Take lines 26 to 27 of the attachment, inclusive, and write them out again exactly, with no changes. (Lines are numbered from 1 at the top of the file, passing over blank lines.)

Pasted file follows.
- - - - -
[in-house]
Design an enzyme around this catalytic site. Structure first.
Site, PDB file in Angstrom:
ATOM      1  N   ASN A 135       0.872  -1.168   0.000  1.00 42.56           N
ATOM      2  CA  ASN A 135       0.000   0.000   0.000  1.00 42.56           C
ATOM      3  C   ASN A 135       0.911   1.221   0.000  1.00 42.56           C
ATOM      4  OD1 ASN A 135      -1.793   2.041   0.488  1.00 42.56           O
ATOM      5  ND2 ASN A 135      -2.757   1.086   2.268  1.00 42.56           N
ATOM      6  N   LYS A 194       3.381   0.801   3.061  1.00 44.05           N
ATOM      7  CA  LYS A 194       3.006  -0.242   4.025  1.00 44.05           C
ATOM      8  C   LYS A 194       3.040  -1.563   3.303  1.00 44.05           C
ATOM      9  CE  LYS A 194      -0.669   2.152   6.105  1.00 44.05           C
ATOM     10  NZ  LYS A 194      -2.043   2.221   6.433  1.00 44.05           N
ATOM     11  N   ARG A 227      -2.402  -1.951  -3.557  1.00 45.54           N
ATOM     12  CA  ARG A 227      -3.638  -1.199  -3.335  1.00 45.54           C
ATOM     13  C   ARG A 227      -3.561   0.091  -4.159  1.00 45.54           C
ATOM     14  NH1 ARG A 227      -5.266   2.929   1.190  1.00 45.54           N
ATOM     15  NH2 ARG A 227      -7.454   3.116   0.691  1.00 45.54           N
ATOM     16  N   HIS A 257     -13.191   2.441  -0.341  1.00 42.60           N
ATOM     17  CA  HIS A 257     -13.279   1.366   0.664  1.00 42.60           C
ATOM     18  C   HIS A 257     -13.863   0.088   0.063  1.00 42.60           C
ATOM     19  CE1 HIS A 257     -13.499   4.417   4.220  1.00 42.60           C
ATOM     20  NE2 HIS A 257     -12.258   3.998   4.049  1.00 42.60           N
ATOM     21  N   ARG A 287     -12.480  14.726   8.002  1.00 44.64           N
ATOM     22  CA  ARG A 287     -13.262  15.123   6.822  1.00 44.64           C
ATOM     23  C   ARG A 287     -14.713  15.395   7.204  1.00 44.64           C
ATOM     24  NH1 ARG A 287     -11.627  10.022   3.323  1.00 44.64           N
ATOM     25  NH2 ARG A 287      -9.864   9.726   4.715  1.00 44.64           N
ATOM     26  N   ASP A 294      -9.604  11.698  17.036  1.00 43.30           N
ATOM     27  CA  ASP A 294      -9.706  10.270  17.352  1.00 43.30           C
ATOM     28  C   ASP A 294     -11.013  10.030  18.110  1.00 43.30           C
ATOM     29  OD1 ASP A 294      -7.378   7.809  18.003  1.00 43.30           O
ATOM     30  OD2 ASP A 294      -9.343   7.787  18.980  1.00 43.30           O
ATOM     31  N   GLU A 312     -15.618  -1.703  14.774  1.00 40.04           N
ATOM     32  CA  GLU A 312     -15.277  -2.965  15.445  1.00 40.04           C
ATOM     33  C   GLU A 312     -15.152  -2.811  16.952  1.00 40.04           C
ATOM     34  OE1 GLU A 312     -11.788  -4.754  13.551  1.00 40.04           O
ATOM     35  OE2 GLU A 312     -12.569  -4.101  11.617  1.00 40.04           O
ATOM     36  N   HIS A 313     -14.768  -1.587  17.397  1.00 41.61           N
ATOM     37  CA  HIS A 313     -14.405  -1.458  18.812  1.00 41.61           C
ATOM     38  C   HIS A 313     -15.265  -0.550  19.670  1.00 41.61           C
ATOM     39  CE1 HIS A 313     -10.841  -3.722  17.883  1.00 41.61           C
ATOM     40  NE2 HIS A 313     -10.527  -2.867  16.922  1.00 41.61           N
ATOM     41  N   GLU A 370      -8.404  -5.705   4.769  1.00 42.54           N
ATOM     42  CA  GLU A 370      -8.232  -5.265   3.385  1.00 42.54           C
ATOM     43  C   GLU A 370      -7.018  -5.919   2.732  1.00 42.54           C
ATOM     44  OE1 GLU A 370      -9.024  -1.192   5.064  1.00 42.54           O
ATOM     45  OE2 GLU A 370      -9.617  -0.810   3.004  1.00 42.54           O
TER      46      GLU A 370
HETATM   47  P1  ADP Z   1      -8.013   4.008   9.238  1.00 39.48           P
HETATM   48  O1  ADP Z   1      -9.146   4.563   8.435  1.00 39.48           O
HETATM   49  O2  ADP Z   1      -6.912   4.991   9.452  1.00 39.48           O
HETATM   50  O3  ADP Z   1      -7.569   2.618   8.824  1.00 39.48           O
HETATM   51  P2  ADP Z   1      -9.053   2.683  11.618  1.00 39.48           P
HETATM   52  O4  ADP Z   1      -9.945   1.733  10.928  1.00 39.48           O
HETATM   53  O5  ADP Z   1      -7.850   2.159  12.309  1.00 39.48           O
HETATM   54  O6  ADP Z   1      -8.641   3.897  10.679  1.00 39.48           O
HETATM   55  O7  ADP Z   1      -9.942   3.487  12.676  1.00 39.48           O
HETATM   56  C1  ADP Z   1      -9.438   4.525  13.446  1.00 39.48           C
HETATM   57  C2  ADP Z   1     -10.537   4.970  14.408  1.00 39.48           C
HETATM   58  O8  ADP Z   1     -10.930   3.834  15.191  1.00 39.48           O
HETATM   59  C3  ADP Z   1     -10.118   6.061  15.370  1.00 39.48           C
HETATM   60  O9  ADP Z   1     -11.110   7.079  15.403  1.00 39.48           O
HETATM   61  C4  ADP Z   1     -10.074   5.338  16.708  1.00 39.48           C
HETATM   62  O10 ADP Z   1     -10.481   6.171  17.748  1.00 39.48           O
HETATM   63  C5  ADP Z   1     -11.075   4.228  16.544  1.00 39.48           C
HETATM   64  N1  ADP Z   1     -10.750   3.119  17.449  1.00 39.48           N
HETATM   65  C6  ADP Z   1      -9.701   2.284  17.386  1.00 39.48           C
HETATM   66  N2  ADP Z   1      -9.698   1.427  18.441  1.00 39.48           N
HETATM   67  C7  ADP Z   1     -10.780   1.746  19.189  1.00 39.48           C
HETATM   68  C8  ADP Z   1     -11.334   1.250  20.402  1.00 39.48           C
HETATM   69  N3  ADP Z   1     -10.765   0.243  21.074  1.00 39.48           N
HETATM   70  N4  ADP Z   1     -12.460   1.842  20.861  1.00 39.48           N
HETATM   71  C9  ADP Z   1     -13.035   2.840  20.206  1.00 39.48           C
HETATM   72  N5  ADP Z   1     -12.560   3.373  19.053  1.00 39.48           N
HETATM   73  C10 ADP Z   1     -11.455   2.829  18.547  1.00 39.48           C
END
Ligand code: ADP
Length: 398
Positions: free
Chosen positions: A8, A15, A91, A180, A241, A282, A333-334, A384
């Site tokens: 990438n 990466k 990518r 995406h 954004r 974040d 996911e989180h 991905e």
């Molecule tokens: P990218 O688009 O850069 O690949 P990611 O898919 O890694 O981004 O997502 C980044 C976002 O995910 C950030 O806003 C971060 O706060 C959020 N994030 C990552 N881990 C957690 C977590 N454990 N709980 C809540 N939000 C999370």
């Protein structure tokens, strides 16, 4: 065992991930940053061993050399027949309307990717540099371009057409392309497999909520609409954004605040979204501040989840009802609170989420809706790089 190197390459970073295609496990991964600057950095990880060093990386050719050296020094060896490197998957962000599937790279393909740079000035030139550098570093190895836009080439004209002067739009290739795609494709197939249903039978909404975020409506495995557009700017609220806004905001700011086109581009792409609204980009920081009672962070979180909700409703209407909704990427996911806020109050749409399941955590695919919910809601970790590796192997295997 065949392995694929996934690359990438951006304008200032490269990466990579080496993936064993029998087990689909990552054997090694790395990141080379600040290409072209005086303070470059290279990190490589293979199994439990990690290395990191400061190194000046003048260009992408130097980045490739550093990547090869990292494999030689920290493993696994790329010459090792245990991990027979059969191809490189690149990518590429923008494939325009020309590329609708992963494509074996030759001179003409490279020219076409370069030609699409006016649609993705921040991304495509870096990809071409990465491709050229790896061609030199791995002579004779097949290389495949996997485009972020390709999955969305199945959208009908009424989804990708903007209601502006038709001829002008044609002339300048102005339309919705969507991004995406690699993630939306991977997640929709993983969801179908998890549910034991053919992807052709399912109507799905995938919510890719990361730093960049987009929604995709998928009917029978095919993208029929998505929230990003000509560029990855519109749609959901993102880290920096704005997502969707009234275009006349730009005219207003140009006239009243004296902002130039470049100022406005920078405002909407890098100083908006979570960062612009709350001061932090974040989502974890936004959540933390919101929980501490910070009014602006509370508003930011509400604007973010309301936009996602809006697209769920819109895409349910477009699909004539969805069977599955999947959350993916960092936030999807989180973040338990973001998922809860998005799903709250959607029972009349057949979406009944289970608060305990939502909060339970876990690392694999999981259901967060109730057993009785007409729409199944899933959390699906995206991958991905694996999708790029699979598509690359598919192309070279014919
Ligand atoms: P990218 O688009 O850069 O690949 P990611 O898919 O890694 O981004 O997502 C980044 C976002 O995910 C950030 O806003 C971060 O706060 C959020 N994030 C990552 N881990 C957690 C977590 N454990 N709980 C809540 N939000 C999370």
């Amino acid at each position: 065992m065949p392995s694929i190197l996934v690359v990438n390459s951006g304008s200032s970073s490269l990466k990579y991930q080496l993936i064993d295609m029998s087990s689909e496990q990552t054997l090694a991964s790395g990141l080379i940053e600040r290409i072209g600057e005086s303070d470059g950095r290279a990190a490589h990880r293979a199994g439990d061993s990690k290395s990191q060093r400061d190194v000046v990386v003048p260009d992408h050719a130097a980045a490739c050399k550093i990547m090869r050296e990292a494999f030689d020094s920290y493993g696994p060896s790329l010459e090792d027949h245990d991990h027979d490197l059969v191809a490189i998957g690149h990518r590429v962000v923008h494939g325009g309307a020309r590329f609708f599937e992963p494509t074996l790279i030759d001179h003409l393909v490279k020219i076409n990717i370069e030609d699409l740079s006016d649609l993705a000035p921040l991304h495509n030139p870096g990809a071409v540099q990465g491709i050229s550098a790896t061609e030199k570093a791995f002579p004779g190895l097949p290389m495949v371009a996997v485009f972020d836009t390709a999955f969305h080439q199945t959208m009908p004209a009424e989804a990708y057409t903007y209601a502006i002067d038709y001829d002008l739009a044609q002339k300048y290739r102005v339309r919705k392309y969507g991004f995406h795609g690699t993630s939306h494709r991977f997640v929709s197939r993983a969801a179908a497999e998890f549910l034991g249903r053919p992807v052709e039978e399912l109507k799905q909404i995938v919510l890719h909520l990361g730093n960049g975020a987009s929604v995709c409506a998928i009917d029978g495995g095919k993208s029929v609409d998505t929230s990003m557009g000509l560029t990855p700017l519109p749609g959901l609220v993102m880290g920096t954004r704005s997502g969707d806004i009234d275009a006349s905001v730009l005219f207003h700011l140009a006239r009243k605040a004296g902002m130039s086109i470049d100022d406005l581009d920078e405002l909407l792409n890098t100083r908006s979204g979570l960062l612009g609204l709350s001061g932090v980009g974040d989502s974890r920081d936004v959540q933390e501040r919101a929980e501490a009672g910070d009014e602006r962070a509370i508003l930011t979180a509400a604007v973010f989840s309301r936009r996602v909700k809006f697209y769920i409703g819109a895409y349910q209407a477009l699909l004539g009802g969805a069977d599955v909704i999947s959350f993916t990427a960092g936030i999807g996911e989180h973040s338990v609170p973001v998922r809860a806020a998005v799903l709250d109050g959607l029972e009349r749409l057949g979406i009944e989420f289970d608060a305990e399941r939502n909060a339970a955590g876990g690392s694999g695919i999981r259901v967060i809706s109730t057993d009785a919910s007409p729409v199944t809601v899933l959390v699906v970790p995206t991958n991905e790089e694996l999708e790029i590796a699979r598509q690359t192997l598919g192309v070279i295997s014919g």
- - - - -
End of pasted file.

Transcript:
ATOM     23  C   ARG A 287     -14.713  15.395   7.204  1.00 44.64           C
ATOM     24  NH1 ARG A 287     -11.627  10.022   3.323  1.00 44.64           N